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A Dictionary of Greek and Roman biography and mythology (ed. William Smith), or Philippus V. (search)
he jealousy of his elder brother. He believed himself to be haunted by the avenging spirit of Demetrius, and was meditating the punishment of Perseus for his perfidy, by excluding him from the throne in favour of his cousin Antigonus, the son of Echecrates, when he himself fell sick at Amphipolis, more from the effects of grief and remorse than any bodily ailment, and died shortly after, imprecating curses in his last moments upon the head of Perseus. His death took place before the end of B. C. 179, in the 59th year of his age, after a reign of nearly 42 years (Liv. 40.6, 16, 21-24, 54-56; Plb. 24.7, 8; Euseb Arm. p. 158; Dexippus ap. Syncell. p. 508; Clinton, F. H. vol. ii. p. 243). The character of Philip may be summed up in the remark of the impartial Polybius (10.26) that there are few monarchs of whom more good or more evil could justly be said. His naturally good qualities were gradually eclipsed and overgrown by evil tendencies, and he is a striking, though by no means a sol
d Apelles were joined by Philip with his son Demetrius in an embassy to Rome, to plead his cause before the senate, and avert their anger. In B. C. 181 Philocles and Apelles were again sent to Rome, to inquire into the truth of an accusation brought by Perseus against Demetrius, of having formed a design for changing the succession to the throne in his own favour, and of having communicated it to T. Quintius Flamininus and other Romans. The envoys had been chosen by Philip because he thought that they were impartial between his sons. They were however suborned by Perseus, and brought back with them a forged letter, professing to be from Flamininus to Philip, and confirming the charge. [DEMETRIUS]. On the discovery of the fraud, Philip caused Philocles to be arrested and put to death, B. C. 179. According to one account, no confession could be wrung from him even by torture. (Plb. 16.24, 23.14, 24.1, 3; Liv. 31.16, 26, 32.16, 23, 25, 39.35, 46, 40.20, 23, 54, 55; Just. 32.2, 3.) [E.E]
the Carthaginian general only escaped falling into the hands of his enemies by a voluntary death. (Plb. 23.18, 24.1; Liv. 39.51; Justin, 32.4; Plut. Flam. 20 ; Corn. Nep. Hann. 10-12; App. Syr. 11; Eutrop. 4.5; Oros. 4.20; Strab. xii. p.563.) This is the last circumstance which can be referred with certainty to the elder Prusias: the period of his death, and of the accession of his son, is not mentioned by any ancient writer, but Mr. Clinton regards the Prusias mentioned in the treaty of B. C. 179, between Eumenes and Pharnaces, as the second king of this name: and this supposition, though not admitting of proof, appears at least a very probable one. (Clinton, F. H. vol. ii. p. 417.) In this case we must place his death between 183 and 179 B. C. It was apparently during the latter part of his reign that Prusias, who had already made himself master of Cierus, Tieios, and other dependencies of Heracleia, laid siege to that city itself; but while pressing the attack with vigour, he him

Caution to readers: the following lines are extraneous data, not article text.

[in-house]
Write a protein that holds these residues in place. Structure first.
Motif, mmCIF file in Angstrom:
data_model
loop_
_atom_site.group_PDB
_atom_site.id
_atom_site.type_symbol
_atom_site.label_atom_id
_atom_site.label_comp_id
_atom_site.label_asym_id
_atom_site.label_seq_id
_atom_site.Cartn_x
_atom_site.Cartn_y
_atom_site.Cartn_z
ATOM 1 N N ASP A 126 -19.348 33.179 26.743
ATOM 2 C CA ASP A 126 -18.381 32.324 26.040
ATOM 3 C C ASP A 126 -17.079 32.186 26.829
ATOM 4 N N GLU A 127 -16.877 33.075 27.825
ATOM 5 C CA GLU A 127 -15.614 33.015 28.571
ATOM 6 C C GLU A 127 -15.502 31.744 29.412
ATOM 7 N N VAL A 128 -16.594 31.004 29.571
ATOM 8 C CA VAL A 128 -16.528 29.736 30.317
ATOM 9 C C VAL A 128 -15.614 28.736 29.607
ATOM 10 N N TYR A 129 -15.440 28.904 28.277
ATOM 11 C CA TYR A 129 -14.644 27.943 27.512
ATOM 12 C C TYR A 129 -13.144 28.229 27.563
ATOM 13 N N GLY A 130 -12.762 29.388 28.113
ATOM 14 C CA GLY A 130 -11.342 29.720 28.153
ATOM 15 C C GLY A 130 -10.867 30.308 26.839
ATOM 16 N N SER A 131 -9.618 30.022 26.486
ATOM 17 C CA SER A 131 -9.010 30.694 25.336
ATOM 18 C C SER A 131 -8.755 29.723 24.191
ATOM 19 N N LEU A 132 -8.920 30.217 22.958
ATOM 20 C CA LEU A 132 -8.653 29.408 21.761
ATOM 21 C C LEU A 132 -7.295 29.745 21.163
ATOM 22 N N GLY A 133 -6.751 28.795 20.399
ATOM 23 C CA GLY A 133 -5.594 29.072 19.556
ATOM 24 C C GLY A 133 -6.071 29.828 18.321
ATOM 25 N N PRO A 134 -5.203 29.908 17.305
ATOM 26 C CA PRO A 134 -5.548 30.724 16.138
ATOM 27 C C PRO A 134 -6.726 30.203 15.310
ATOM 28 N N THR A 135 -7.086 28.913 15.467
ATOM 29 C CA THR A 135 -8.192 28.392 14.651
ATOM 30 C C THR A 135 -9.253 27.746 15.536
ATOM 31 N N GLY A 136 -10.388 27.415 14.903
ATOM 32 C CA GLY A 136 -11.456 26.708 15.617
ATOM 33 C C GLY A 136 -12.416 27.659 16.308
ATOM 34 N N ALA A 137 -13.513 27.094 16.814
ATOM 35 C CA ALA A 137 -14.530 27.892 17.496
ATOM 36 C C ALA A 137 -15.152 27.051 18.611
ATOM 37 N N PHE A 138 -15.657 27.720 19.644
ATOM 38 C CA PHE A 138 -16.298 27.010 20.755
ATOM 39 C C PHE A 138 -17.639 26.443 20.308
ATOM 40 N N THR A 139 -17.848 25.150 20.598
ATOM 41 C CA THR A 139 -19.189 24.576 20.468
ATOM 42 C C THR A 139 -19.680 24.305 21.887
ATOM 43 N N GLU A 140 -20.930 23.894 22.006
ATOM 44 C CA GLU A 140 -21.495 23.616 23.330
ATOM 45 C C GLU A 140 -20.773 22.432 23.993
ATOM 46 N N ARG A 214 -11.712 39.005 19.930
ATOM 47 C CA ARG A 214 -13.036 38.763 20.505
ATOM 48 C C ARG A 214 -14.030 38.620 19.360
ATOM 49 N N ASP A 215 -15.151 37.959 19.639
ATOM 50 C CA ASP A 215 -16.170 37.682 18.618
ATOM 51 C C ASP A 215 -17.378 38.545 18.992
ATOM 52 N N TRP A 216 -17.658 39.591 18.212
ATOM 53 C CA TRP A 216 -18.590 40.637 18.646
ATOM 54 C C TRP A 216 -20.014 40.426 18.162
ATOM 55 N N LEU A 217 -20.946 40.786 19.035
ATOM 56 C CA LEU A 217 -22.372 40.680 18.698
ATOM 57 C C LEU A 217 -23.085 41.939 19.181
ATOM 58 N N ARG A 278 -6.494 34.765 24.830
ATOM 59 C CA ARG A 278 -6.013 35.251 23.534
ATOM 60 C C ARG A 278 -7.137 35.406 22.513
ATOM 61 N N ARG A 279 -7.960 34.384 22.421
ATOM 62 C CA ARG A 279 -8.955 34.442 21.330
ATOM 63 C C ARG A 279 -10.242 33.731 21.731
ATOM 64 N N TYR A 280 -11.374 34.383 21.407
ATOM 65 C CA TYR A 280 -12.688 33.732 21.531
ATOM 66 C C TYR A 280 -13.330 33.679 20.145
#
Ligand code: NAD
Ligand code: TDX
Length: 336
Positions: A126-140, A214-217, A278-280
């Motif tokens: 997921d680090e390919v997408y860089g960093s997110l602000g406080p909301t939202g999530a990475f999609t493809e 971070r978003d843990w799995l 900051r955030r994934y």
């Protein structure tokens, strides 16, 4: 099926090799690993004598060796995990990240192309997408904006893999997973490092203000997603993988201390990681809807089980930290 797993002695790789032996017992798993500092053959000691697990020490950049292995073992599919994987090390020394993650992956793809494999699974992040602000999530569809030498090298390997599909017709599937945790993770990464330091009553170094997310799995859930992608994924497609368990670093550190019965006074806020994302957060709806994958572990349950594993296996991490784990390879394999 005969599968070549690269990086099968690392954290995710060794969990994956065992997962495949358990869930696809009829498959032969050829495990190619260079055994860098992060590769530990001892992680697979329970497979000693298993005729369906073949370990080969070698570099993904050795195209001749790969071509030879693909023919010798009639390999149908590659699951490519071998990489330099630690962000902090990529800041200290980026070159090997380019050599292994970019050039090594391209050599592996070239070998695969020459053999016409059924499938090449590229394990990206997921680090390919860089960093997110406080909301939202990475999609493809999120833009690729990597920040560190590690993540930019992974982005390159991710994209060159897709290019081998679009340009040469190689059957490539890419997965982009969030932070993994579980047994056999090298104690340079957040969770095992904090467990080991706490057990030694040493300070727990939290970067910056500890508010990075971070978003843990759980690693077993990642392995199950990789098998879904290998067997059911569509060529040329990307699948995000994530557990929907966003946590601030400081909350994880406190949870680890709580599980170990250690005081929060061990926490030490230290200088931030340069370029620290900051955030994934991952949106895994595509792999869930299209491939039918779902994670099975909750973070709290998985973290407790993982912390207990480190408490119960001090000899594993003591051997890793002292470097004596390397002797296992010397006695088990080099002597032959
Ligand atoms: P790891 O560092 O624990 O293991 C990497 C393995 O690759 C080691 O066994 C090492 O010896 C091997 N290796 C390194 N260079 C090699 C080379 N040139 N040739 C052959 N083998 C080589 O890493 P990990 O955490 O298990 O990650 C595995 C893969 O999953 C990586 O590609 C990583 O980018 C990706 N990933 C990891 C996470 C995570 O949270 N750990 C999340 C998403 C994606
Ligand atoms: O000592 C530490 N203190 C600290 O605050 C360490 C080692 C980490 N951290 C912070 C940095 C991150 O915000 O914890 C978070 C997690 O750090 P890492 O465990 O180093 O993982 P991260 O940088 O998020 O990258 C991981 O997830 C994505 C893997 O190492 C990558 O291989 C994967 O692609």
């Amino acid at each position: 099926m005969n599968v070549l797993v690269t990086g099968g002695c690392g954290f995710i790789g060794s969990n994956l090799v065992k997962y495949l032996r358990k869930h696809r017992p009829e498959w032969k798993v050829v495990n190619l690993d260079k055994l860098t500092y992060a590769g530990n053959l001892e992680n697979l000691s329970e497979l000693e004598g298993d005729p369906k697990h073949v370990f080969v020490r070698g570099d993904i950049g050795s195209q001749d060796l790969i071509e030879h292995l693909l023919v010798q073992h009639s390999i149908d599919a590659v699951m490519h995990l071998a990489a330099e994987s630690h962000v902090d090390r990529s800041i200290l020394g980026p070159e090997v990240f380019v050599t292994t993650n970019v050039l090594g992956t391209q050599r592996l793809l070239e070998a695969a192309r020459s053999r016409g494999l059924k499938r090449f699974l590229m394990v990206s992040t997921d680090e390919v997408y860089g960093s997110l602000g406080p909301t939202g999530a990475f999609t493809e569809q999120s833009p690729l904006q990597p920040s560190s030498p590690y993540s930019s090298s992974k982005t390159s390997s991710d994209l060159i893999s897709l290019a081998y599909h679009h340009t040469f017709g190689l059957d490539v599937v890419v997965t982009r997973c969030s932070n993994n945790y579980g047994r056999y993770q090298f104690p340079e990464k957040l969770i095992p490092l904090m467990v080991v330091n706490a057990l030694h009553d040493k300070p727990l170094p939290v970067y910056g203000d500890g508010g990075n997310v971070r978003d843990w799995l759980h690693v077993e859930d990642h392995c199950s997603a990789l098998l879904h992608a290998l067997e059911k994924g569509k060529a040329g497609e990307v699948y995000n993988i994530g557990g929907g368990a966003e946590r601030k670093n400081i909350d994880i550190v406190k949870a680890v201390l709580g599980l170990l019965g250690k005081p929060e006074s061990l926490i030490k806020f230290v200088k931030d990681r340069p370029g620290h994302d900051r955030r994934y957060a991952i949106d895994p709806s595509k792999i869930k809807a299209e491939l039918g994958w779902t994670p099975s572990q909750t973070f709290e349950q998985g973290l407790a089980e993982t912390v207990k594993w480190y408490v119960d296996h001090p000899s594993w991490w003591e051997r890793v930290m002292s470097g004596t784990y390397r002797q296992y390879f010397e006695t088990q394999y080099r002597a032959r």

Pru'sias Ii. (*Prousi/as), king of Bithynia, was the son and successor of the preceding. No mention is found in any extant author of the period of his accession, and we only know that it must have been subsequent to B. C. 183, as Strabo distinctly tells us (xii. p. 563), that the Prusias who received Hannibal at his court, was the son of Zielas. In B. C. 179, we find the name of Prusias associated with Eumenes in the treaty concluded by that monarch with Pharnaces, king of Pontus (Plb. 26.6), and this is supposed by Clinton to be the younger Prusias. It is certain, at least, that he was already on the throne before the breaking out of the war between the Romans and Perseus, B. C. 171. Prusias had previously sued for and obtained in marriage a sister of the Macedonian king, but notwithstanding this alliance he determined to keep aloof from the impending contest, and await the result with a view to make his peace with whichever party should prove victorious. (Liv. 42.12, 29; Appian, Ap
A Dictionary of Greek and Roman biography and mythology (ed. William Smith), (search)
Scae'vola, Mu'cius 3. Q. Mucius Scaevola, probably the son of No. 2, was praetor in B. C. 179, and had Sicily for his province (Liv. 40.44). He was consul in B. C. 174, with Sp. Postumius Albinus for his colleague. Scaevola accompanied the consul P. Licinius Crassus, as tribunus militum, in B. C. 171, when the consul went against Perseus, king of Macedonia. (Liv. 42.49, and 67.)
A Dictionary of Greek and Roman biography and mythology (ed. William Smith), (search)
Scae'vola, Mu'cius 4. P. Mucius Scaevola, the son of Quintus, was elected a praetor, with his brother Quintus, B. C. 179. (Liv. 40.44). Publius had the urbana provincia, and the quaestio de veneficiis in the city, and within ten miles of the city. He was consul in B. C. 175, with Aemilius Lepidus H, Publius had the Ligures for his province (Liv. 41.19). He fought a battle with some tribes which had ravaged Luna and Pisae, gained a victory, and was honoured with a triumph, which is recorded in a fragment of the Capitoline marbles, where he is named [P. Mu] Q. F. P. N. (Clinton, Fasti, B. C. 175.)
Sci'pio 27. Cn. Cornelius Scipio Hispallus, a son of L. Scipio [No. 11], who was a brother of the two Scipios who fell in Spain. Hispallus was praetor B. C. 179, and consul B. C. 171, with Q. Petillius Spurinus. He was struck with paralysis during his consulship, and died at Cumae in the course of the year. (Liv. 40.44, 41.14, 16.)
Turrus or THURRUS, one of the most powerful of the Celtiberian chiefs conquered by Gracchus in B. C. 179, became a faithful ally of the Romans. (Liv. 40.49.)
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